• Sensor accurately determines distance ball is thrown and oversize readout shows distance.
  • Accurate to within 1 yard

'Super-secret' GoogleTV? Here's how to sign-up:

I've signed in like 20 times to my account -- still no luck... [sigh]

Snow day in college = great ideas?

'We love Jesus' chant at game gets students in trouble

Students at Bishop Sullivan Catholic High School will receive sensitivity training as a result of anti-Semitic chants and graffiti during a recent basketball game against rival Norfolk Academy.

Sullivan Principal Dennis W. Price said, "It is important that we work harder at having students leaving here who are tolerant and understand how serious these kinds of things are," he said.

According to Price, Sullivan students exchanged chants with their rivals during the Feb. 2 game at Norfolk Academy. "Then, at some point, our students were chanting, 'We love Jesus,' " he said. "It was obviously in reference to the Jewish population of Norfolk Academy; that's the only way you can take that."

After the game, a large permanent slogan on the gym wall, "Home of the Bulldogs," was found to have been defaced, with "Jew" written below "Bulldogs" in green paint, Price said.

Price, who was at the game, said the wall was behind the seats of Sullivan students. "It's where we were, where our kids were. I don't think anybody else could have done it." he said. "I'd love to be able to tell you otherwise." Full article here.

An open letter to all the Rosie O'Donnell(s)

How not to exit a parking garage.

Don't call them 'midgets', they prefer the phrase 'little people'.

This is an excerpt from an article on sfgate.com:

One of the few groups entertainers can still insult freely is "midgets." I am a person with dwarfism and I get offended every time I hear someone in Hollywood use that word. After Mel Gibson, Michael Richards and Isaiah Washington, calling a person a "midget" is about the last thing anyone in Hollywood has left to apologize for saying.

Midget is a word that is misunderstood by most people. I hear it yelled at me out of car windows, both as an insult to my being short and sometimes as a threat to my safety. It is also frequently heard on television. I'd like to help set the record straight about this annoying, biting word that has followed me around my entire life.

The outcry over bigotry, homophobia and racism during the past six months in Hollywood has been admirable. But why should someone apologize for using the word midget? We must first look at where the word comes from. Midget was created from the combination of the word midge, meaning "small fly" and the suffix -et, so that etymologically the word midget means a "very small small fly."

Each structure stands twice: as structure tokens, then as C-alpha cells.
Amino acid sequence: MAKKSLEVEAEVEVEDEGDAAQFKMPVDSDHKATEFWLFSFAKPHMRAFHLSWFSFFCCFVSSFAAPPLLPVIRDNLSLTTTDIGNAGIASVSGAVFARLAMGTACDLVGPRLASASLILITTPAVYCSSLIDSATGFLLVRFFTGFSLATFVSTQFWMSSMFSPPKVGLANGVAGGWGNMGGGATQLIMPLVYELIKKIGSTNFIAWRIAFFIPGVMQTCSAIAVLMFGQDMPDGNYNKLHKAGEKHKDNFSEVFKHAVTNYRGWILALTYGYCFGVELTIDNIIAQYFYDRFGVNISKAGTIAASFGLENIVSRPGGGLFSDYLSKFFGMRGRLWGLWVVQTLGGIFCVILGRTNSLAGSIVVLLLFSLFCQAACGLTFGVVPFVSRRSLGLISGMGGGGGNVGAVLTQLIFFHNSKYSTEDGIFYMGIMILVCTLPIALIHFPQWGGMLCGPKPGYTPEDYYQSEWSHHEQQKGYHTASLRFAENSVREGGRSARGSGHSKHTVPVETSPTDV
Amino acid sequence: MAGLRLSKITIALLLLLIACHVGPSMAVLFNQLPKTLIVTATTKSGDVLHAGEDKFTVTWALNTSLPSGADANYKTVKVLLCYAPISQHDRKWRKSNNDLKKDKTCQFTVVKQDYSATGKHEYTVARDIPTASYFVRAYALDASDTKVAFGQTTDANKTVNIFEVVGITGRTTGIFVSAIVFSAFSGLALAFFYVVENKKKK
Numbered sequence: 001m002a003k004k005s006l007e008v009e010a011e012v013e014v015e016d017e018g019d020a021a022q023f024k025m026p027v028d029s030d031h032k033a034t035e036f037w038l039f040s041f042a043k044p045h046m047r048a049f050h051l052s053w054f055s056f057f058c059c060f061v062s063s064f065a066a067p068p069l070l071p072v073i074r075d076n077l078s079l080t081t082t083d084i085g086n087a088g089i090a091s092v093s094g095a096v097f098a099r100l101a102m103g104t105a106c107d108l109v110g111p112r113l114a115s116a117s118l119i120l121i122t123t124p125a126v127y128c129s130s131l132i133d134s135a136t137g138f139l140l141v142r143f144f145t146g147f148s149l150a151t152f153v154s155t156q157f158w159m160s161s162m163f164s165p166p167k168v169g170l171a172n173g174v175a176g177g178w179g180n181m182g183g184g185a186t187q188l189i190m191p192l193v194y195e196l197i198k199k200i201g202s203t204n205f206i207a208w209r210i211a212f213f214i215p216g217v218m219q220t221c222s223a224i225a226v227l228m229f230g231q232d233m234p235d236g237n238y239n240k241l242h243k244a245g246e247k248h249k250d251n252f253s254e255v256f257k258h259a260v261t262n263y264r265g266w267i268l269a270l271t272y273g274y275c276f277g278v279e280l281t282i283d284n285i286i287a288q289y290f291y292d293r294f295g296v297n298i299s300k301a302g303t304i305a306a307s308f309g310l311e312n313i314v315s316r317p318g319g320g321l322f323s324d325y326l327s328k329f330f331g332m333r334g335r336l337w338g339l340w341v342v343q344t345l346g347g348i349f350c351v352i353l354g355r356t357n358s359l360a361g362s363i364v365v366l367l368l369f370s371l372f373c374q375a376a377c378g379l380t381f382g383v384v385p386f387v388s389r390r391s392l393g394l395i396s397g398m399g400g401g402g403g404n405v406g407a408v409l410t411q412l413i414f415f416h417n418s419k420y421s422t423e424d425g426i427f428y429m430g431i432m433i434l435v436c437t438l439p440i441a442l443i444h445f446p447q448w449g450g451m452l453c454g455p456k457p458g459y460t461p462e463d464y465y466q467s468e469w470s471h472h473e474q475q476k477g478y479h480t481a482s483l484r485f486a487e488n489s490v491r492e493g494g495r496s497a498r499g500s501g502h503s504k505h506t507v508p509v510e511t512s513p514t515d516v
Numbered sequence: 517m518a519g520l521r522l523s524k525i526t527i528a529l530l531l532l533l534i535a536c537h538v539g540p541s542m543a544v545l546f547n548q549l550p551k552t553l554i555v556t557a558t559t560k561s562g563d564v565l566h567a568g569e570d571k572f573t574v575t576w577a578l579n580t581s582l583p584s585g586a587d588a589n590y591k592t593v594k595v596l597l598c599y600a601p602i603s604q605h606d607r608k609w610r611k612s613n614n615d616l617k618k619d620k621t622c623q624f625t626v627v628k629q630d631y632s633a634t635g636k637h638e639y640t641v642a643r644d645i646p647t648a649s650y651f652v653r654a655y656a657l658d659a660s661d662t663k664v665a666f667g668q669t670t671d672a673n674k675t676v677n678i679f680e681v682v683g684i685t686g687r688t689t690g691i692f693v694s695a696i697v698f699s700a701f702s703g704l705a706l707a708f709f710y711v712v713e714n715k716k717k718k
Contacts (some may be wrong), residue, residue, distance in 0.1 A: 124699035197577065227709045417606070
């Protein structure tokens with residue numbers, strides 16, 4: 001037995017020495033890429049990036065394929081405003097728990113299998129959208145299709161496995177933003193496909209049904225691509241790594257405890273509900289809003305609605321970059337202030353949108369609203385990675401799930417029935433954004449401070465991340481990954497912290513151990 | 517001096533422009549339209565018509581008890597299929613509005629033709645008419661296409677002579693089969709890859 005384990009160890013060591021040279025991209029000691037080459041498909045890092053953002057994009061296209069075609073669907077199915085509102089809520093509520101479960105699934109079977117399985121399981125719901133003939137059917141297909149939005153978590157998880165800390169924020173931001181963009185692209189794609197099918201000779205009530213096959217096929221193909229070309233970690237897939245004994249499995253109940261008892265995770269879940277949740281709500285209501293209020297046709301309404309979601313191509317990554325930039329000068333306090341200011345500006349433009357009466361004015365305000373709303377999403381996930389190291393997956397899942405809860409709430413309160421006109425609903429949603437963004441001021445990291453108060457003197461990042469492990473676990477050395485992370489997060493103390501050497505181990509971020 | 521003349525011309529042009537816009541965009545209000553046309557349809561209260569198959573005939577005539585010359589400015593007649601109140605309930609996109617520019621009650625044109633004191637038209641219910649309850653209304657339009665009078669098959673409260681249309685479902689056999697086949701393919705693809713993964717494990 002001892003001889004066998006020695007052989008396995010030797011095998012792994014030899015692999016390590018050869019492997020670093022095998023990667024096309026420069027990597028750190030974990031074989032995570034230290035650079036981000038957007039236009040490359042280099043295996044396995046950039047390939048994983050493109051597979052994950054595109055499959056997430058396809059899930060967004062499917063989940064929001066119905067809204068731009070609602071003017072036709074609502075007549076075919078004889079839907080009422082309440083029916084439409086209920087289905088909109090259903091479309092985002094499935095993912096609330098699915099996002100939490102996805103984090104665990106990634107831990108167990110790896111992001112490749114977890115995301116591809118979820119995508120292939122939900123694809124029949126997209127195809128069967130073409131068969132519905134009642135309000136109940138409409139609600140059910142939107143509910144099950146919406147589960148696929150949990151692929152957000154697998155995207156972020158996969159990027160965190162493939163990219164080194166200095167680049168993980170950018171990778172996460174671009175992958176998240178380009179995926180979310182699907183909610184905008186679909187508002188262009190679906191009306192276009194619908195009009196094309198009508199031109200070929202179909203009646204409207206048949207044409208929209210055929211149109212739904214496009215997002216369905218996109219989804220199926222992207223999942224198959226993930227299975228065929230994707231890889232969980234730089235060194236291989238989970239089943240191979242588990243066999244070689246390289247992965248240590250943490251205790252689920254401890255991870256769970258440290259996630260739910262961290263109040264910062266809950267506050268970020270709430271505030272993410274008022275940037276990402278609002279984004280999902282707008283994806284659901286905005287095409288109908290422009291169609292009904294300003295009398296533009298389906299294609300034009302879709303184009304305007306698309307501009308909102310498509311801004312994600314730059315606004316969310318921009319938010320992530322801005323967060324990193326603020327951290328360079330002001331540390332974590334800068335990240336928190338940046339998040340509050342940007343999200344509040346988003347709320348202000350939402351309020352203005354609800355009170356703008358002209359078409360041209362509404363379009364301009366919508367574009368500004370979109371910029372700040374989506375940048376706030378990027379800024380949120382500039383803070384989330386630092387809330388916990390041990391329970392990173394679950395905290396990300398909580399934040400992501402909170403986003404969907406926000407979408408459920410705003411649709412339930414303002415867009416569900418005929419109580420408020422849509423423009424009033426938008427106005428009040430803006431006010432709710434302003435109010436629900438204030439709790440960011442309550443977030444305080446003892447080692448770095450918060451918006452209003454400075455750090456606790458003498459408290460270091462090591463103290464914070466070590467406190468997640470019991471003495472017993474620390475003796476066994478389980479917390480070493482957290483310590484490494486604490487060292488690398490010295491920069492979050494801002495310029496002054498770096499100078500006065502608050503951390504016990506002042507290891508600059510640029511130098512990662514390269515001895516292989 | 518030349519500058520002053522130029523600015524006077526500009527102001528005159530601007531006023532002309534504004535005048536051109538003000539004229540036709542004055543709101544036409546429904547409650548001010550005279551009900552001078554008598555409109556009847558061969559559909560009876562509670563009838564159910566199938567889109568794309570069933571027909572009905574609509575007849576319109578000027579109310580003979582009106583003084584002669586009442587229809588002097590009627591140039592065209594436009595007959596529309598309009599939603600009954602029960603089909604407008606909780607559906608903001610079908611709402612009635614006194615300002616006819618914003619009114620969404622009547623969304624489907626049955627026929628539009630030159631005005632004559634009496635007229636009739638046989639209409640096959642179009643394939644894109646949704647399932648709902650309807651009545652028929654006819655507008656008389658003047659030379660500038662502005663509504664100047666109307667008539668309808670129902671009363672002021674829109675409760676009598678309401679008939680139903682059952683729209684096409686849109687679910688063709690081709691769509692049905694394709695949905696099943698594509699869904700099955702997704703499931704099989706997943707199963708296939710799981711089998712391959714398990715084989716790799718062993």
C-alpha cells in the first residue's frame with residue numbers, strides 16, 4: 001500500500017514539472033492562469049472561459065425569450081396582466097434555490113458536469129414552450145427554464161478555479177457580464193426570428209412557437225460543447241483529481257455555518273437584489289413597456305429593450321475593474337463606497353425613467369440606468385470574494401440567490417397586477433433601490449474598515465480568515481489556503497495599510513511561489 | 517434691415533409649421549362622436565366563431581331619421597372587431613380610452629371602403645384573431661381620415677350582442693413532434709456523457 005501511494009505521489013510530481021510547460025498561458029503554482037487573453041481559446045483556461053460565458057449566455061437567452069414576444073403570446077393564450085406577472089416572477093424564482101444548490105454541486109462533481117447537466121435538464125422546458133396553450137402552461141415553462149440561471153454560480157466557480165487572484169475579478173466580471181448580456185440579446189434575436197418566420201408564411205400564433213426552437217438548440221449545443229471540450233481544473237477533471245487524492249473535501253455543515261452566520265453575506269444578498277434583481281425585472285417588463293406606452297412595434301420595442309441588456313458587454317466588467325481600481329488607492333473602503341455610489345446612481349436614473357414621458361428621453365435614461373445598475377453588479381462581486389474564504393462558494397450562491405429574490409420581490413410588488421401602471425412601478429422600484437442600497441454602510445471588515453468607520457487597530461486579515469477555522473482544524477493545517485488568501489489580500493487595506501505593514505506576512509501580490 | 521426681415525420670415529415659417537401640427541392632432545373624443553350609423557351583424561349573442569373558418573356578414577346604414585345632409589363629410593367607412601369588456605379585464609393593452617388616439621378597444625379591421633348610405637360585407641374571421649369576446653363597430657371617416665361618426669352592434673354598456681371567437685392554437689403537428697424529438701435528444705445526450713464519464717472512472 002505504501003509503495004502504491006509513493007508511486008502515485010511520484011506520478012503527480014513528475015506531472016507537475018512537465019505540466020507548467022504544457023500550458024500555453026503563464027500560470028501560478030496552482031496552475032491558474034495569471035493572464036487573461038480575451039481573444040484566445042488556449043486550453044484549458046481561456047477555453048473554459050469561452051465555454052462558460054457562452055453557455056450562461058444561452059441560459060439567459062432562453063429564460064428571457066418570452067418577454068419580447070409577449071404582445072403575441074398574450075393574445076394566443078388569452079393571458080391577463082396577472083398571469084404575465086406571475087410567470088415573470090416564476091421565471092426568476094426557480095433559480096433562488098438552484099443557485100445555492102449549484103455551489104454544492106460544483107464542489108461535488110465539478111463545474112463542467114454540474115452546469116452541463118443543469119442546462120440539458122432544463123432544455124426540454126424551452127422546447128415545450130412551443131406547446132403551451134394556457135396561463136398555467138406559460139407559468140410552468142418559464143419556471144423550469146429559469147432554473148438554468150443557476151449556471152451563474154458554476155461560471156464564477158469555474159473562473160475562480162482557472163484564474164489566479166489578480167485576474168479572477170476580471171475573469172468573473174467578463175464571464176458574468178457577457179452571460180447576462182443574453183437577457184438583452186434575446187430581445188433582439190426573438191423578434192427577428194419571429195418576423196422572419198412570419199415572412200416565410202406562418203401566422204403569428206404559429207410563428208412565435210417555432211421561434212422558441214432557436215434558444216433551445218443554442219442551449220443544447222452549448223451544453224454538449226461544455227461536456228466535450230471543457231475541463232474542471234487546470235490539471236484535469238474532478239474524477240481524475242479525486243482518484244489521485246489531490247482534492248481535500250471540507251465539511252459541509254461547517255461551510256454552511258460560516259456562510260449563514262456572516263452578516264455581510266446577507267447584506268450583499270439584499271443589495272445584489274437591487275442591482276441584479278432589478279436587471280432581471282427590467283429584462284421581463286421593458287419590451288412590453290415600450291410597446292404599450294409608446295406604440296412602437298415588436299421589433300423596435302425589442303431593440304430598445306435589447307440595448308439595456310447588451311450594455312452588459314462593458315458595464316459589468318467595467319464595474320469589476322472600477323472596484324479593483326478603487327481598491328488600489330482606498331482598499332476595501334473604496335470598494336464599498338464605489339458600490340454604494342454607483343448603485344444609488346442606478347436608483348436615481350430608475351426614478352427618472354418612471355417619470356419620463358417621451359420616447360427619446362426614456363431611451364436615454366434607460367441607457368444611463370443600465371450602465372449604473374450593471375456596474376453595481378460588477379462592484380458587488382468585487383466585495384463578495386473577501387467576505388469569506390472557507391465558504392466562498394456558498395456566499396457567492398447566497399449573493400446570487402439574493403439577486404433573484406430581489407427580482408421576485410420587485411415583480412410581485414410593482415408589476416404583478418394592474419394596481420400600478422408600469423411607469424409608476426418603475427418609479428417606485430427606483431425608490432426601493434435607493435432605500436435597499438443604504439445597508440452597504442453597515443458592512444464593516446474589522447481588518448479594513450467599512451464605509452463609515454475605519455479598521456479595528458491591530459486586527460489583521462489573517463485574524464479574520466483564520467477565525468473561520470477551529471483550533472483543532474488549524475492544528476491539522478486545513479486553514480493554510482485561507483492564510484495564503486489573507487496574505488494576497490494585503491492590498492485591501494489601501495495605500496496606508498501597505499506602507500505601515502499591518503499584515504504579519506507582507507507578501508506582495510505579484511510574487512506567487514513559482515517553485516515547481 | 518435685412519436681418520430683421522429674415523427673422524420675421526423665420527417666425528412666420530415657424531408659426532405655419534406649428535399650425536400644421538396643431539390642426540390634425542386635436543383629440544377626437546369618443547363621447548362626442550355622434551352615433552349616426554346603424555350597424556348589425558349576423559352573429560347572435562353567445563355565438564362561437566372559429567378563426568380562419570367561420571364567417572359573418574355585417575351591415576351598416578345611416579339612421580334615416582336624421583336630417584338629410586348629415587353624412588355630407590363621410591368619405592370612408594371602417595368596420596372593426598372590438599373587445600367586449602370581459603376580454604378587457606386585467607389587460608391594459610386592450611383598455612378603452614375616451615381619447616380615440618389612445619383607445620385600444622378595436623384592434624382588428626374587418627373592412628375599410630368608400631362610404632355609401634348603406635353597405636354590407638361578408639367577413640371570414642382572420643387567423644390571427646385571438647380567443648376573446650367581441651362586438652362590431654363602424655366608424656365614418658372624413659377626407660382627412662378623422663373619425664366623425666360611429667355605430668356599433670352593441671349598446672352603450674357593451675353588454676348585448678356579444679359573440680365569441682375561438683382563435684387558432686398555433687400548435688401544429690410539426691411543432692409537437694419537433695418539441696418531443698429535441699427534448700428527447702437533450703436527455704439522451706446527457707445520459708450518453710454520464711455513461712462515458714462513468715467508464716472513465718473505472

In 1869, it was used specifically in Harriet Beecher Stowe's novel "Oldtown Folks": "Now you know Parson Kendall's a little 'midget' of a man." Stowe is using midget as a way to describe Parson Kendall as an annoying, insignificant man. By 1884, it referred to small people who were exhibited in shows or circuses.

So what is the difference between a dwarf and a midget? In the circus shows of early America, dwarf had a more negative connotation than "midget." According to historian Robert Bogdan, dwarfs were further down the pecking order and were assigned more degrading roles. The terms midget and dwarf had important social meaning in the amusement world. Small people who were well-proportioned -- "perfect humans in miniature" -- in particular coveted the term midget for themselves as a way of disaffiliating from the more physically deformed dwarf exhibits. For midgets to be called a dwarf was an insult. Dwarfs were associated with exotic freak or circus clown roles, and these roles midgets shunned.

But calling someone a midget today is hardly a compliment, and the insults haven't stopped.
In January, on an episode of the NBC show "30 Rock," Tina Fey's character says on her phone, "I just want to go home, watch the midget show and eat a block of cheese."

Unlike T.R. Knight, the "Grey's Anatomy" actor who says, "I've never been called that (a gay slur) to my face," I get called the word midget to my face quite often. The comments usually go something like, "Hey midget!"

I do not see an end to the use of midget. What I hope is that people's understanding evolves so that they realize the word is considered by many little people as a slur on their humanity. It shouldn't be a throwaway line in a comedy routine. It shouldn't be hurled out a car window. And it shouldn't be the only form of insensitivity toward other human beings that doesn't deserve an apology from the Hollywood stars, or ordinary people, who utter it either thoughtlessly or with malice. Article here.